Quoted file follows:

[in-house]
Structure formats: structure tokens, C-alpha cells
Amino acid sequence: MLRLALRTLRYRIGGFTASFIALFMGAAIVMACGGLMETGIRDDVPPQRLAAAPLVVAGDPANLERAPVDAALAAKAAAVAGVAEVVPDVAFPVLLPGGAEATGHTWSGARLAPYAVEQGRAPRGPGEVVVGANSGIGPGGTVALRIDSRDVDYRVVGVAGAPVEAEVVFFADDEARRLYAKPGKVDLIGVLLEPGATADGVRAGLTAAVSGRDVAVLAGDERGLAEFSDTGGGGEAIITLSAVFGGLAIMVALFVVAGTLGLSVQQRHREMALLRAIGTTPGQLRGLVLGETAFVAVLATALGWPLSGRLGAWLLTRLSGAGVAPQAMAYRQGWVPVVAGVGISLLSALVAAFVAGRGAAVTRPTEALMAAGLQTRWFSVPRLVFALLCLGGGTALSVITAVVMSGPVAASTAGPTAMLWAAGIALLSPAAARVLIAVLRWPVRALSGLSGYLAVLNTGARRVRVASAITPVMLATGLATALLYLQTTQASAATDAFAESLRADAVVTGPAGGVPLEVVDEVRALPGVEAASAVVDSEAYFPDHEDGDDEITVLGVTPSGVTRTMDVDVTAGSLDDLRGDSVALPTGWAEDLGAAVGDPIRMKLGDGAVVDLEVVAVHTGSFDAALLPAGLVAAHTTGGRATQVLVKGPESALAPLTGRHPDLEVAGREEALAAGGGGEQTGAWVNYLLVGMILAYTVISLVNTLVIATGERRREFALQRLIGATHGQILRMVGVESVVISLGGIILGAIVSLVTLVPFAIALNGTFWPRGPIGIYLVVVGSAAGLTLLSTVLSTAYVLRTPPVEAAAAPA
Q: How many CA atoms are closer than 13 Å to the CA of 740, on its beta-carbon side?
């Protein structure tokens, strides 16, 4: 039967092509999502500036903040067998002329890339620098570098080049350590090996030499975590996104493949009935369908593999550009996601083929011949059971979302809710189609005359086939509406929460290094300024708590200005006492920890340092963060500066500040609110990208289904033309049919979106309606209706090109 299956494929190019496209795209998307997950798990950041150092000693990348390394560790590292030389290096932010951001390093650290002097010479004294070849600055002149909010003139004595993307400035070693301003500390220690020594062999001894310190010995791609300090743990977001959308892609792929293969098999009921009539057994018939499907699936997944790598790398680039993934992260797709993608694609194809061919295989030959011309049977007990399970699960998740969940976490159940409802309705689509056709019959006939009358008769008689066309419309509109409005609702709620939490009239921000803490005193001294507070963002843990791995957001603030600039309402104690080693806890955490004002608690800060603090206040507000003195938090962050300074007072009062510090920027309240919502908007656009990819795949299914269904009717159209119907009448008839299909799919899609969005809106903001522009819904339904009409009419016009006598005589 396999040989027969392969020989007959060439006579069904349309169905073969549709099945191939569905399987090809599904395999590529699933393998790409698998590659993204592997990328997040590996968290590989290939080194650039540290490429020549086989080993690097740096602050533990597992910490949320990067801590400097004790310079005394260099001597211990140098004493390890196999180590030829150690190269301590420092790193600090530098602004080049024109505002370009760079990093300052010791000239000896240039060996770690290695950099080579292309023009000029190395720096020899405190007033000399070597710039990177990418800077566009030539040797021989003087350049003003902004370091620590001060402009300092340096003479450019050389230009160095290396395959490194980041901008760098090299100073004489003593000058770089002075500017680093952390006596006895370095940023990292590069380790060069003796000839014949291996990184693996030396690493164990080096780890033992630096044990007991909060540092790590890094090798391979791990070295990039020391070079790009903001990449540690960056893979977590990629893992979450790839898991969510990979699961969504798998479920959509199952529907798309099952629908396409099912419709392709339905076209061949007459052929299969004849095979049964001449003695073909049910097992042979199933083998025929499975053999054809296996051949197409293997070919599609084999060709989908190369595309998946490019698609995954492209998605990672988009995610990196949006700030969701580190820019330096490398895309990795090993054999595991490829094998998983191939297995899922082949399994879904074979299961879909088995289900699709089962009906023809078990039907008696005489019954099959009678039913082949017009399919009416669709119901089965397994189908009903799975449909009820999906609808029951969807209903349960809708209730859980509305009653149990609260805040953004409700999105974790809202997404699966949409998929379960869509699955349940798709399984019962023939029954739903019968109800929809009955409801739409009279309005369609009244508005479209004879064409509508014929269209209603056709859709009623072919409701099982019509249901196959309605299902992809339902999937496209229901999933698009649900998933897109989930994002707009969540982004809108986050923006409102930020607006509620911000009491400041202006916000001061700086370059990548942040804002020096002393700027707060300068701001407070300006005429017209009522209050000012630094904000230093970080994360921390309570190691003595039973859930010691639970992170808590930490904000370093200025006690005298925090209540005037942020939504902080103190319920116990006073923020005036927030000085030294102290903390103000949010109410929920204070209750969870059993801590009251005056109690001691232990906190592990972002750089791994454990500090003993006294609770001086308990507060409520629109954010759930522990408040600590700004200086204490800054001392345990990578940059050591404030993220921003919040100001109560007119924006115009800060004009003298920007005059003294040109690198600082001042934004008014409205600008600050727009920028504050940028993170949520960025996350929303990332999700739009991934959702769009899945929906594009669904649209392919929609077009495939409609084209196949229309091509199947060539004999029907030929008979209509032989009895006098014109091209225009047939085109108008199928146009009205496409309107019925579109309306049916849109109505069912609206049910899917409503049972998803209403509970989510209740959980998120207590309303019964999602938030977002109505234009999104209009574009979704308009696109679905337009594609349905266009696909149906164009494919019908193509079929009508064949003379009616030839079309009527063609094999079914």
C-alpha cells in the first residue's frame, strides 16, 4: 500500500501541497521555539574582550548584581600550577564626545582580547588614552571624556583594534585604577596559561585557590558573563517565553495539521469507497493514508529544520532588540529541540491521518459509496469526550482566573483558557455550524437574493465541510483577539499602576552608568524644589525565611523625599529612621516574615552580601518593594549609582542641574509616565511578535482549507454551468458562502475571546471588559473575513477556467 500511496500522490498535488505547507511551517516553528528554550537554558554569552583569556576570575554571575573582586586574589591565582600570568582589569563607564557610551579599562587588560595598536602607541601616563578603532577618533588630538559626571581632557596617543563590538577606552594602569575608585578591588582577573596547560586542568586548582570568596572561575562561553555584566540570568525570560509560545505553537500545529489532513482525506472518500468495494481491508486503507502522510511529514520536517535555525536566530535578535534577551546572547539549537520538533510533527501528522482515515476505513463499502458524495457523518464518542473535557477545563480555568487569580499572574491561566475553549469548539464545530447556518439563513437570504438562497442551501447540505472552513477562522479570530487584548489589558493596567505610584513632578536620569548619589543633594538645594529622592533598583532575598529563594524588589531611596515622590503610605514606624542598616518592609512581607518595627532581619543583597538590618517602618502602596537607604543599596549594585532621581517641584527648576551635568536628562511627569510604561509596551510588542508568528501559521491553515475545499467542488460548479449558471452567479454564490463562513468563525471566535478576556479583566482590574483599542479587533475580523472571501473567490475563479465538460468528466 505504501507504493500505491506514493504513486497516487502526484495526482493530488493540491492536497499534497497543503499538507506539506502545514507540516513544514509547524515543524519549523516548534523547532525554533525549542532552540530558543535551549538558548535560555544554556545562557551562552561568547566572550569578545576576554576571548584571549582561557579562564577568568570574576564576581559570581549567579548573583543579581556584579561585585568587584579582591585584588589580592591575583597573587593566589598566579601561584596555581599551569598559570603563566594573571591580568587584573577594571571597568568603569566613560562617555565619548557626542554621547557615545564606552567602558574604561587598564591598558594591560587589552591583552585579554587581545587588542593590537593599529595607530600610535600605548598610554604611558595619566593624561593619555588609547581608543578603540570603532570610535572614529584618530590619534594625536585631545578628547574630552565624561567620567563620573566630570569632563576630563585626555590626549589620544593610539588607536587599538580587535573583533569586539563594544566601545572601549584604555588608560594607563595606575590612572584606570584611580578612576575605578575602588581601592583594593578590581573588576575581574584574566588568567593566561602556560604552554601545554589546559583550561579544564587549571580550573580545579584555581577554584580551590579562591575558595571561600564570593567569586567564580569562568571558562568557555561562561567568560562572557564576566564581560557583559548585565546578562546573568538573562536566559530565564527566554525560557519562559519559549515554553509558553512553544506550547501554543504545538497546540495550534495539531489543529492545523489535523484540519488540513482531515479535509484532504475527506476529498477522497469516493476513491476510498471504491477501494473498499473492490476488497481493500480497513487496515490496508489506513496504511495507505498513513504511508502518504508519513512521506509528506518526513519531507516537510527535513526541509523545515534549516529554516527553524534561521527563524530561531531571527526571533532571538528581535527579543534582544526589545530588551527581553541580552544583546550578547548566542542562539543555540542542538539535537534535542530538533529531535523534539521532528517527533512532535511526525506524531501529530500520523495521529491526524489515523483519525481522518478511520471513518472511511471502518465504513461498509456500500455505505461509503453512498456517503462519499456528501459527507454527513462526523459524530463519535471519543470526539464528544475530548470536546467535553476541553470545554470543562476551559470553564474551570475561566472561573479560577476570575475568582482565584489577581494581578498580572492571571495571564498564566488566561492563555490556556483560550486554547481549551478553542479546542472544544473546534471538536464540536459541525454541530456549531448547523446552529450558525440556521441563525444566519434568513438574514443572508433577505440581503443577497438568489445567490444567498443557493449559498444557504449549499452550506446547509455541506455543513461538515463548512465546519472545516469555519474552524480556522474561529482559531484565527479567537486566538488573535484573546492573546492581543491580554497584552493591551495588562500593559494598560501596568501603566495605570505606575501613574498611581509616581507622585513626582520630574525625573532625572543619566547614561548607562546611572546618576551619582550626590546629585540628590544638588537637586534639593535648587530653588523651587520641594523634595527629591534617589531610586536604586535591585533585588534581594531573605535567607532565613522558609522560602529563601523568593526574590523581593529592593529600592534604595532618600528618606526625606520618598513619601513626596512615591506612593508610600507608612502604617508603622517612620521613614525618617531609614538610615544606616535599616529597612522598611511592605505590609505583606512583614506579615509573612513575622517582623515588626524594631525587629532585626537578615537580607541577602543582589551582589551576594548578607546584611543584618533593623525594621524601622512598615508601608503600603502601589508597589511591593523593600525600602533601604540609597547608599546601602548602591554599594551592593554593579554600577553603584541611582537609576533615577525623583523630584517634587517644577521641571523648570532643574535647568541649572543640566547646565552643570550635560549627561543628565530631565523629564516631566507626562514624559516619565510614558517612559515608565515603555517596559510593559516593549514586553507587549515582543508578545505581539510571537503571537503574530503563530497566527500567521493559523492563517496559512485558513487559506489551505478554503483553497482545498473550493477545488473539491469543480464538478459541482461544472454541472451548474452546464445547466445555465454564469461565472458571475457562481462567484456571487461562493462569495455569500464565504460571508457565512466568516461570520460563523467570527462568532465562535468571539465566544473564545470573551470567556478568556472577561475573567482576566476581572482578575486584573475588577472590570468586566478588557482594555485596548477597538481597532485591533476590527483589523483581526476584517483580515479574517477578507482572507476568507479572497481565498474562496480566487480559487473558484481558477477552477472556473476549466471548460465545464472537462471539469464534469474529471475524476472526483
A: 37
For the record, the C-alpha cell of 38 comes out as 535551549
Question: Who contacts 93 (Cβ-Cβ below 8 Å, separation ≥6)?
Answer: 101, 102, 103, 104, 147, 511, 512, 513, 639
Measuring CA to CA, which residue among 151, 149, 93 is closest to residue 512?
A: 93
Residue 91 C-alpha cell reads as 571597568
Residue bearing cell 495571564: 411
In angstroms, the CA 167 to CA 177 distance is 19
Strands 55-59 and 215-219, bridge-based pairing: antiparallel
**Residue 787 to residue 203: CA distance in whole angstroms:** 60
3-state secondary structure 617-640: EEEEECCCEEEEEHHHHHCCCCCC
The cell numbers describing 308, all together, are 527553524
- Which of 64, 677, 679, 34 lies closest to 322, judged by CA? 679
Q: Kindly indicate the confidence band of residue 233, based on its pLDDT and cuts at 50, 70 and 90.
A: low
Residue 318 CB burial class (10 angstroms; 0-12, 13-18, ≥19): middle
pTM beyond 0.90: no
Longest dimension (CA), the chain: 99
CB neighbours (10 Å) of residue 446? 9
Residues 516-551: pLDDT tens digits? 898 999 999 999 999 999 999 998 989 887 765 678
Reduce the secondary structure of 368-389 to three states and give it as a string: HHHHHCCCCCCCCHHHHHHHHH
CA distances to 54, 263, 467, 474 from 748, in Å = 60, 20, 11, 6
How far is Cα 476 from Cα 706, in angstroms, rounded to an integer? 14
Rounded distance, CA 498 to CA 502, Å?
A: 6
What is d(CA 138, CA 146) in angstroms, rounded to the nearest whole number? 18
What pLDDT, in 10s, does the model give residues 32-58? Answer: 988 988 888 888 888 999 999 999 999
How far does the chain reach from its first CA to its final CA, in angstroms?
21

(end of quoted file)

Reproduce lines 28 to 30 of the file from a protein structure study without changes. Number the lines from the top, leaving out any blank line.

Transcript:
Reduce the secondary structure of 368-389 to three states and give it as a string: HHHHHCCCCCCCCHHHHHHHHH
CA distances to 54, 263, 467, 474 from 748, in Å = 60, 20, 11, 6
How far is Cα 476 from Cα 706, in angstroms, rounded to an integer? 14